(02) 9387 4300 , Level 21, Westfield Tower 2, 101 Grafton Street, Bondi Junction NSW 2022 AUSTRALIA
Aged care considerations

Aged care considerations

Aged care considerations

The decision to move into an aged care home is often a difficult one. With the loss of autonomy, and often the family home, it is an emotional time for the person moving and their family and friends.

Planning ahead is essential to maintaining control and choice and minimising stress as there are a lot of financial issues to consider. Unfortunately, there is no rule of thumb when working out how to finance residential aged care but understanding the fee structure can help to make an informed decision.


The Australian Government subsidises a range of aged care services, however, you will contribute towards the cost of care if you can afford to do so. The level and range of fees will depend on the individual’s financial situation. In residential aged care, you may need to pay one or more of the following fees:

  • A basic daily fee: covers living expenses such as food, electricity, cleaning and laundry This may be the only fee some people are required to pay.
  • A means-tested care fee: is an additional cost which may be payable based on an assessment of income and assets by the Department of Human
  • A full or partial accommodation payment: this will depend on your assessment of income and some people will have their costs met by the Government, while others will need to pay the agreed accommodation price set out by the aged care facility.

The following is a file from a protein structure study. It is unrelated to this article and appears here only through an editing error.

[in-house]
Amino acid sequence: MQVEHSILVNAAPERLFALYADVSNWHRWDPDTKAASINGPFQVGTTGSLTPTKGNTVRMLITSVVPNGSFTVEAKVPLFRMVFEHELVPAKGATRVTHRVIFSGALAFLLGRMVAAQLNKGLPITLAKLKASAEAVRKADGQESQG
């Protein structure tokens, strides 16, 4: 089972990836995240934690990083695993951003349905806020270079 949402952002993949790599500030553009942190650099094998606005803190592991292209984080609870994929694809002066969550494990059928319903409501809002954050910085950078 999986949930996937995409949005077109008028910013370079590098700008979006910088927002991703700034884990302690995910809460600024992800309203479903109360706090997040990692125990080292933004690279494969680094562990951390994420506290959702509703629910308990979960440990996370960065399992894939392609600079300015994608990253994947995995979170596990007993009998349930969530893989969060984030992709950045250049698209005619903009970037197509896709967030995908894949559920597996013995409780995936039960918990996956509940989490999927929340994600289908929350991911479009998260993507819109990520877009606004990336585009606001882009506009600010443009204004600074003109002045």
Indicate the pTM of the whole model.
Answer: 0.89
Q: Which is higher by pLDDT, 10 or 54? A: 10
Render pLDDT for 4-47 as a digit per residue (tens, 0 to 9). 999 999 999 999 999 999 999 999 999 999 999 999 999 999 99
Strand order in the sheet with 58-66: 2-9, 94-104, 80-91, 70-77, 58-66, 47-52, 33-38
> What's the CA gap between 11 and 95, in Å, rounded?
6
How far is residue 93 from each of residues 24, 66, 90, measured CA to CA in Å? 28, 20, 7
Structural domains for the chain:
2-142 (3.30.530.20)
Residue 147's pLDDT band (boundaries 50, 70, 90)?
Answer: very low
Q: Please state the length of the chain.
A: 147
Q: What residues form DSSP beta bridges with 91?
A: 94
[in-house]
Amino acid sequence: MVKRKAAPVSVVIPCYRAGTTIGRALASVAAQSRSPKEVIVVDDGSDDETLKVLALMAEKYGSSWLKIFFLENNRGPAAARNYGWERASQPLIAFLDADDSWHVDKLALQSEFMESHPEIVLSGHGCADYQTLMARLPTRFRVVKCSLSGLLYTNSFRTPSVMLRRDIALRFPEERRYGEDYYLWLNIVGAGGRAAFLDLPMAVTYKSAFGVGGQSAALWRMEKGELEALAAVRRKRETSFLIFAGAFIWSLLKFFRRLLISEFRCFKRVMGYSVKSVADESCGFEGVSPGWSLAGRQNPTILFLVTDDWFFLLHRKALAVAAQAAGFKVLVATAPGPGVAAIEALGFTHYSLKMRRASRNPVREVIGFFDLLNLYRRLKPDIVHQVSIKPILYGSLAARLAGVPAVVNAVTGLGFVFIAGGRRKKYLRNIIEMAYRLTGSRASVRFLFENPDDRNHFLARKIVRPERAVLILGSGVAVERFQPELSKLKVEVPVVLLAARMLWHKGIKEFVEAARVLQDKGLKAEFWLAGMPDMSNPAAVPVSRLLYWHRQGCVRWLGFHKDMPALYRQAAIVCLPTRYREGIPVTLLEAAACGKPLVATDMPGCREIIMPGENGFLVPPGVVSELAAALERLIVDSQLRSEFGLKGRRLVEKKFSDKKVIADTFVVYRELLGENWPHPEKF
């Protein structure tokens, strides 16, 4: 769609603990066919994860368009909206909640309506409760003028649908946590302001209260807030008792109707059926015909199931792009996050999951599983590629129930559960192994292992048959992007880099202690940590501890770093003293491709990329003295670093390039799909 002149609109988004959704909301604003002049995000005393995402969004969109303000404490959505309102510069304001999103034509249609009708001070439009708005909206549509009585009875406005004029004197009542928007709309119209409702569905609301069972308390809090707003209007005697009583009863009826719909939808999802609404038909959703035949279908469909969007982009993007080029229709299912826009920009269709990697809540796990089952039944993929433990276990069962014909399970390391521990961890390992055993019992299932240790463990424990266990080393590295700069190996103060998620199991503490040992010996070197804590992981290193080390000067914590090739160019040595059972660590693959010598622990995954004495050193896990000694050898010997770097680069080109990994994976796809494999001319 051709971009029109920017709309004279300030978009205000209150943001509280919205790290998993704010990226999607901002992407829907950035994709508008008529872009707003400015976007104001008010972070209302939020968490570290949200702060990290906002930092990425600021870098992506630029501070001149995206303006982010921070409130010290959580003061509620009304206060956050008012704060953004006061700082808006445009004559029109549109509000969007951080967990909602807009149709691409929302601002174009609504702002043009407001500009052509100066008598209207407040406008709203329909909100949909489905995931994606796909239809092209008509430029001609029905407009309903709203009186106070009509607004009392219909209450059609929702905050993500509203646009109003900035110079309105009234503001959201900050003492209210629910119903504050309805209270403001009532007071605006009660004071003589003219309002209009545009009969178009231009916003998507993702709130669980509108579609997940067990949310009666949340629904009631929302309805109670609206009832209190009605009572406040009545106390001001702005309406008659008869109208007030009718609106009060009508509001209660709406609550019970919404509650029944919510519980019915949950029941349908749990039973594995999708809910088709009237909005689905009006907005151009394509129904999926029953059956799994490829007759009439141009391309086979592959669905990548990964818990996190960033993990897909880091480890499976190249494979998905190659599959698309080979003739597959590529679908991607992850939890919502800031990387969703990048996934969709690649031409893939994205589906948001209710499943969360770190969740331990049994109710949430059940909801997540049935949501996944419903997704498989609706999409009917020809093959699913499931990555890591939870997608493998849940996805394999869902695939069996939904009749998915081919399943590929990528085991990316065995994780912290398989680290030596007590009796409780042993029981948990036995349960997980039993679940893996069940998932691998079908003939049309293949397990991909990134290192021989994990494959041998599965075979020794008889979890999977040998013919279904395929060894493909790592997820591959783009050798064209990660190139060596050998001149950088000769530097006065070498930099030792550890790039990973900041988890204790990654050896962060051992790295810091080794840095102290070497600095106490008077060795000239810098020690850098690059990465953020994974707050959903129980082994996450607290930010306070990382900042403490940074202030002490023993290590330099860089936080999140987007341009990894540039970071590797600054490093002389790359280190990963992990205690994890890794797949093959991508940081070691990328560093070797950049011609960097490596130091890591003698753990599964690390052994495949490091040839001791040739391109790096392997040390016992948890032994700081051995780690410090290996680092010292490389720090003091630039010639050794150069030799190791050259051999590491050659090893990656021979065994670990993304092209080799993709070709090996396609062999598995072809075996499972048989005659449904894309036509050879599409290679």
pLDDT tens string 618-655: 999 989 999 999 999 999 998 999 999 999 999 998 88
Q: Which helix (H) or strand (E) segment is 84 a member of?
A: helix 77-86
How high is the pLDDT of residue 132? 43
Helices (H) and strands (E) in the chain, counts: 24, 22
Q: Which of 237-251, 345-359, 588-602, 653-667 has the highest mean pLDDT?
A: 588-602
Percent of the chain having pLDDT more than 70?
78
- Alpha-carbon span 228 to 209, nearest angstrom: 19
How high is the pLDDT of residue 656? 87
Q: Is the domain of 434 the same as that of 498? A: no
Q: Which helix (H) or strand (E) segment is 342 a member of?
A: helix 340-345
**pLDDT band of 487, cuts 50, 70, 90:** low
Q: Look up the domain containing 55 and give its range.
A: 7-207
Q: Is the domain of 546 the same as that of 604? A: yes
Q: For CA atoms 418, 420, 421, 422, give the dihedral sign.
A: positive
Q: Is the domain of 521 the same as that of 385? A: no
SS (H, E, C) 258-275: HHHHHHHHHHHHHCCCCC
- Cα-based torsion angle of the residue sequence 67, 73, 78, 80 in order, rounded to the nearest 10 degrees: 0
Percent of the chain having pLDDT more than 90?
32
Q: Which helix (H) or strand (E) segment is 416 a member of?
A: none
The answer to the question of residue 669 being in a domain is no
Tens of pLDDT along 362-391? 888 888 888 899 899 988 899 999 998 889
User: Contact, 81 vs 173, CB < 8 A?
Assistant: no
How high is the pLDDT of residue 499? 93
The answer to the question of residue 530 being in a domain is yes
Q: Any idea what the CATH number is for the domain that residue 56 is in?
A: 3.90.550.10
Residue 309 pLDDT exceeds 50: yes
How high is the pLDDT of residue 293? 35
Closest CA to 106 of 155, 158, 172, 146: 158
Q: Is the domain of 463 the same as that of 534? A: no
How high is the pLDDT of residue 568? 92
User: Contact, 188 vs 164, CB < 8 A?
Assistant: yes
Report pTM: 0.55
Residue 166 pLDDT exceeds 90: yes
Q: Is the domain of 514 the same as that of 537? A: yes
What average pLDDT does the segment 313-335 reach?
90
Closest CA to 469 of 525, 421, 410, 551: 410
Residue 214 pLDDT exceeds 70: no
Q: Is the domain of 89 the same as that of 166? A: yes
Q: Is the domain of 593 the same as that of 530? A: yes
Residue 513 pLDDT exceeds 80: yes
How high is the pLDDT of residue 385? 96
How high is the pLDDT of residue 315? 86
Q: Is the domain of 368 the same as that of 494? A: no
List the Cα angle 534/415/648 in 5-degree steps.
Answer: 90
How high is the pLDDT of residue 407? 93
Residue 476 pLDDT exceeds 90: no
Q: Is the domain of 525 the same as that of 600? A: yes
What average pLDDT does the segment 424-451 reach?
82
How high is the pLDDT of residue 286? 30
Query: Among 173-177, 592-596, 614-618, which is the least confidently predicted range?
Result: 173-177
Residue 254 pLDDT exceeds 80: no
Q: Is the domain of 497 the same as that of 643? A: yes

• Fees for additional services: such as higher standard of accommodation or extra services, a larger room or wine with meals. These fees will vary from home to home.


Structuring finances

One of the major decisions faced when entering into residential aged care is whether or not you should sell your family home. The decision will depend on your individual circumstances such as the value of your home, income and other assets, and the accommodation payment required.

  • Selling the family home to pay for aged care

The family home will be considered an asset unless:

  • your partner or dependent child lives there
  • a carer who is eligible for an income support payment has been living there for at least two years or
  • a close relative who is eligible for an income support payment has been living there for at least five years

For those who retain their home but are required to pay a refundable accommodation payment, a periodic payment may be provided by the aged care provider. If you do not sell your home when entering into an aged care facility it will be exempt from the age pension assets test for two years from the date you entered into care. This two year exemption will vary if  you are or were a member of a couple at the time you moved in.

  • Renting the family home to pay for aged care

From 1 January 2016, new aged care residents will have any rental income from their recently vacated home included in  their resident’s income for the purpose of calculating their means tested care fee. Rent will continue to be exempt for those people who entered residential aged care before this date and whose former home has been retained and rented out to help pay the refundable accommodation payment.


Share This:

Newsletter Signup


Level 21, Westfield Tower 2, 101 Grafton Street,
Bondi Junction NSW 2022

02 9387 4300